Splitting Aces

“A deceased, Catholic-raised, professional gambler reflects on life lessons before playing a game of poker that could earn him another chance at life.”

That’s the logline for the script I wrote for a skillshare class I’m taking called introduction to screenwriting (taught by James Franco and Vince Jolivette)…I’m taking the class just for fun and because I’ve always been interested in movies/scripts (cause that’s the kind of cool I am).

The class required us to write something as an adaption from one of three texts provided, so I chose a character from the Spoon River Anthology called “Ace” Shaw.  Here is the source text I was working from:

“Ace” Shaw

I NEVER saw any difference

Between playing cards for money

And selling real estate,

Practicing law, banking, or anything else.

For everything is chance.

Nevertheless

Seest thou a man diligent in business?

He shall stand before Kings!

I choose this text/character because I like the idea of a character that believes in both chance and a higher power (the last two lines seemed otu of place to me so I looked them up and discovered that they are part of a proverb from the King James bible)…and uses both to find success in his chosen craft.

It also didn’t hurt that, in the PDF version of the book I read, Ace showed up on page 33 (one of my favorite numbers). :-)

…anyway for those of you that have *way* too much time to waste on your hands, here are the four versions of the script that I wrote as I worked through it all:

Rough draft:

http://gawk.it/static/Splitting_Aces_v1.pdf

I didn’t love the ending and was a bit worried that I put too many (weak) scenes into such a short script…but it was a start and I intend to tighten it up and evolve it.

2nd draft:

http://gawk.it/static/Splitting_Aces_v2.pdf

In this version, I tried to take the feedback from a few classmates and scale down some of the text, add a bit more personality to each character, and I also reworked some of the scenes (cutting a few super weak ones and adding in a few that I *think* better fit with my goal here)…I especially tried to focus more on ‘showing through scenes’ this time around rather than 'telling through dialog’.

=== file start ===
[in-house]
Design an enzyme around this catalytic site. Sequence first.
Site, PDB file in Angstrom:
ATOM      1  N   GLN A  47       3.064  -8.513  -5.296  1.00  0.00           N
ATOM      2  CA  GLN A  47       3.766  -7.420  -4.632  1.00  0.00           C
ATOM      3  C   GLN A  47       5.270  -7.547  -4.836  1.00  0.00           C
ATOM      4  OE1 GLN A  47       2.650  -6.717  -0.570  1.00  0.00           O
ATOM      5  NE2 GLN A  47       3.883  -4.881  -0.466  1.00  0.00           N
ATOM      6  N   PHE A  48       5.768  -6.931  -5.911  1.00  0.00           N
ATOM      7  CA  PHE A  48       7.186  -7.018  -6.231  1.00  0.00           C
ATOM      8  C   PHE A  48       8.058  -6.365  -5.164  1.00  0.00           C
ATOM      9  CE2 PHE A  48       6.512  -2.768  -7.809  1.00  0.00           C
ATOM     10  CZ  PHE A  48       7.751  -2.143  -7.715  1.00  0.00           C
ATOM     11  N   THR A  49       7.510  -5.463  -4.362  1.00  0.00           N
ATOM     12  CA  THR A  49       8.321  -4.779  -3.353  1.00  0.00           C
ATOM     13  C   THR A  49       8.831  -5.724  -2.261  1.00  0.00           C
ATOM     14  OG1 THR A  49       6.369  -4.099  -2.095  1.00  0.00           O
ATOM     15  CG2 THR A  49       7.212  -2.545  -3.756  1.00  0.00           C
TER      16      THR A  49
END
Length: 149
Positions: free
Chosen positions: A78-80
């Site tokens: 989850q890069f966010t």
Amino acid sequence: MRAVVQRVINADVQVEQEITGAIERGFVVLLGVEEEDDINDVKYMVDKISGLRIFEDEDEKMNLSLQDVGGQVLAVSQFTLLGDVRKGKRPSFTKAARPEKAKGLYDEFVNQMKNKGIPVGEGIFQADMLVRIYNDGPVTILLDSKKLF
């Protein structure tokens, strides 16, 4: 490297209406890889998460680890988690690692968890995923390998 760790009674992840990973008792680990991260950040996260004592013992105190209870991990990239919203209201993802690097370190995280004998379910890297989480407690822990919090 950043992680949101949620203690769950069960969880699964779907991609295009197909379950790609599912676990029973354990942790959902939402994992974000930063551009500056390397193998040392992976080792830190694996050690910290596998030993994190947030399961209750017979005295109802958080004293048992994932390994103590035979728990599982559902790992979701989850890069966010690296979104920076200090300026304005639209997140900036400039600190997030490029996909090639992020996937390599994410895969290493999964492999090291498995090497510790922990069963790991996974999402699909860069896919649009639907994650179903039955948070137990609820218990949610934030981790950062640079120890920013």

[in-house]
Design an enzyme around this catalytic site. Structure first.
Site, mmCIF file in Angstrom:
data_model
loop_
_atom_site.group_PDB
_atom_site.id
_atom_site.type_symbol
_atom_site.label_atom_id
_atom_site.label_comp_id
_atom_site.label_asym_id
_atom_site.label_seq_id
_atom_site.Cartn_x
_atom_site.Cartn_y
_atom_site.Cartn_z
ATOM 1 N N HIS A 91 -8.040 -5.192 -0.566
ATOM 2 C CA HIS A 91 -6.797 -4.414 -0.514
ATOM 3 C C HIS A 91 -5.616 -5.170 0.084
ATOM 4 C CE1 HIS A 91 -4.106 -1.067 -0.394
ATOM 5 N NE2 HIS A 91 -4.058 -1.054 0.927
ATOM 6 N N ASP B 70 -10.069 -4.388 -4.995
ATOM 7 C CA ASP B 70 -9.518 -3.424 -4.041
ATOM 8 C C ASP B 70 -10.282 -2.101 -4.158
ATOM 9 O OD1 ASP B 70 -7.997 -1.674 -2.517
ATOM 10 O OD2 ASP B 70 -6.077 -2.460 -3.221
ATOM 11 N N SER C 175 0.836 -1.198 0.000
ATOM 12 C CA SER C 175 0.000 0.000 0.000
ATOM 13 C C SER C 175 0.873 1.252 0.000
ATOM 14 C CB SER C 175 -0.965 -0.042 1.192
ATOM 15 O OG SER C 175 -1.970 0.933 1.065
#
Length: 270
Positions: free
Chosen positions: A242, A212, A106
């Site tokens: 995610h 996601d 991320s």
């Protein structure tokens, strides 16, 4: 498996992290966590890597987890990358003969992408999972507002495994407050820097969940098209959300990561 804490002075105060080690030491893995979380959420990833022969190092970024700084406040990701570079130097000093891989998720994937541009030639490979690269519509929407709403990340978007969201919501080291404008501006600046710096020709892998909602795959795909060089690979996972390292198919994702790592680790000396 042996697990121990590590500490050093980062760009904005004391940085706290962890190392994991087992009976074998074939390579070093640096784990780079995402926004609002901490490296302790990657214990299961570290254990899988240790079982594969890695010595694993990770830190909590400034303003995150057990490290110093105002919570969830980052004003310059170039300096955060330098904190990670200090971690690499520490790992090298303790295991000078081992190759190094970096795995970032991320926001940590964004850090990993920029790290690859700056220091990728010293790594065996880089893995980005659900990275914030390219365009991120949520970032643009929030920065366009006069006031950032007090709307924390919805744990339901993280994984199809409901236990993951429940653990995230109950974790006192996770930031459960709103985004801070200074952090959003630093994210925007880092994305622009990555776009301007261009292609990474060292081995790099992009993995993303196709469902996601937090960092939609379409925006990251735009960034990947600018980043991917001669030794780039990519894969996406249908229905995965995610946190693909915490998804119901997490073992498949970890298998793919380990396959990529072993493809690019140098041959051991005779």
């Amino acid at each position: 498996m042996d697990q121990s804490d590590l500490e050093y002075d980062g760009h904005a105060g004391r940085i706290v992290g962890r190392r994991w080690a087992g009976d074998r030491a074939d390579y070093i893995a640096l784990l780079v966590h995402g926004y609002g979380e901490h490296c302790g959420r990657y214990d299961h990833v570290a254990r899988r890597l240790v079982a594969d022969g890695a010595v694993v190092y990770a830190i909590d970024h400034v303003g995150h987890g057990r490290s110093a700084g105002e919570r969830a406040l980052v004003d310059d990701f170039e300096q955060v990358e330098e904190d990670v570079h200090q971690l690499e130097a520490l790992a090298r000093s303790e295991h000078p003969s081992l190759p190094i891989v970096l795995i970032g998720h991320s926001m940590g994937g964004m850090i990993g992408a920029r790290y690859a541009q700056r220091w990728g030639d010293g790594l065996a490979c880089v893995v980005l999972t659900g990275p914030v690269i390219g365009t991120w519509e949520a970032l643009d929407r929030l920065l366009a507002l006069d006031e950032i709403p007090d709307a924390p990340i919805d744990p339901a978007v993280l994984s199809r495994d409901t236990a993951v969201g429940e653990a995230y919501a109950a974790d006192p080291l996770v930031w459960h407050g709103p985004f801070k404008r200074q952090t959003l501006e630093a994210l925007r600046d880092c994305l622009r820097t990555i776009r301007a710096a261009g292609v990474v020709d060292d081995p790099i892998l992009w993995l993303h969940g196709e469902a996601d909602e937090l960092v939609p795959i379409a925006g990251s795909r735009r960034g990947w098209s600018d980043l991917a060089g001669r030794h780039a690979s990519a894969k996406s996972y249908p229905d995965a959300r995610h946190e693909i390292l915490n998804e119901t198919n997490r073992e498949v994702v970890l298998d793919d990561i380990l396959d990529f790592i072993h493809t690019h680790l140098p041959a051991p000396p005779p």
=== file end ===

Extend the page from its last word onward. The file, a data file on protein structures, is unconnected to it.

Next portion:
3rd draft:

http://gawk.it/static/Splitting_Aces_v3.pdf

In this version I did a little dialog cleanup (based on feedback) and then went in search of more of the 'story’ I’m trying to tell. I felt like it was getting close to the final version I wanted it to be.

Final draft (for now):

http://gawk.it/static/Splitting_Aces_final.pdf

Having come up with the logline between V3 and this draft, I found I only made small tweaks and changes to the script (hence my decision to call it a *final* draft).

Overall, I’m pretty happy with what I have considering the small amount of source text I was basing this on (and that this is the first time I’ve ever attempted screenwriting of any kind).

I was amazed at how quickly the pages fill up and how little you can actually accomplish in the space…you really do have to get to the point as quickly, and cleanly, as possible.

I don’t know when I’ll try to do more screenwriting, but I did enjoy the overall process and am sure I’ll give it at least a few more tries (probably on material of my own choosing the next time).

Regardless, I learned a bunch and the lessons on writing a logline and pitching can be widely adopted to much of what I do (I’m especially applying them to my thinking/approach to the Coach Wizard story – which I’m very excited about).

The class is available on Skillshare right now (if you join before July 24th, you even have a [very slim] chance to earn direct feedback from the teachers on your work).

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This is the personal blog of Kevin Marshall (a.k.a Falicon) where he often digs into side projects he's working on for digdownlabs.com and other random thoughts he's got on his mind.

Kevin has a day job as CTO of Veritonic and is spending nights & weekends hacking on Share Game Tape. You can also check out some of his open source code on GitHub or connect with him on Twitter @falicon or via email at kevin at falicon.com.

If you have comments, thoughts, or want to respond to something you see here I would encourage you to respond via a post on your own blog (and then let me know about the link via one of the routes mentioned above).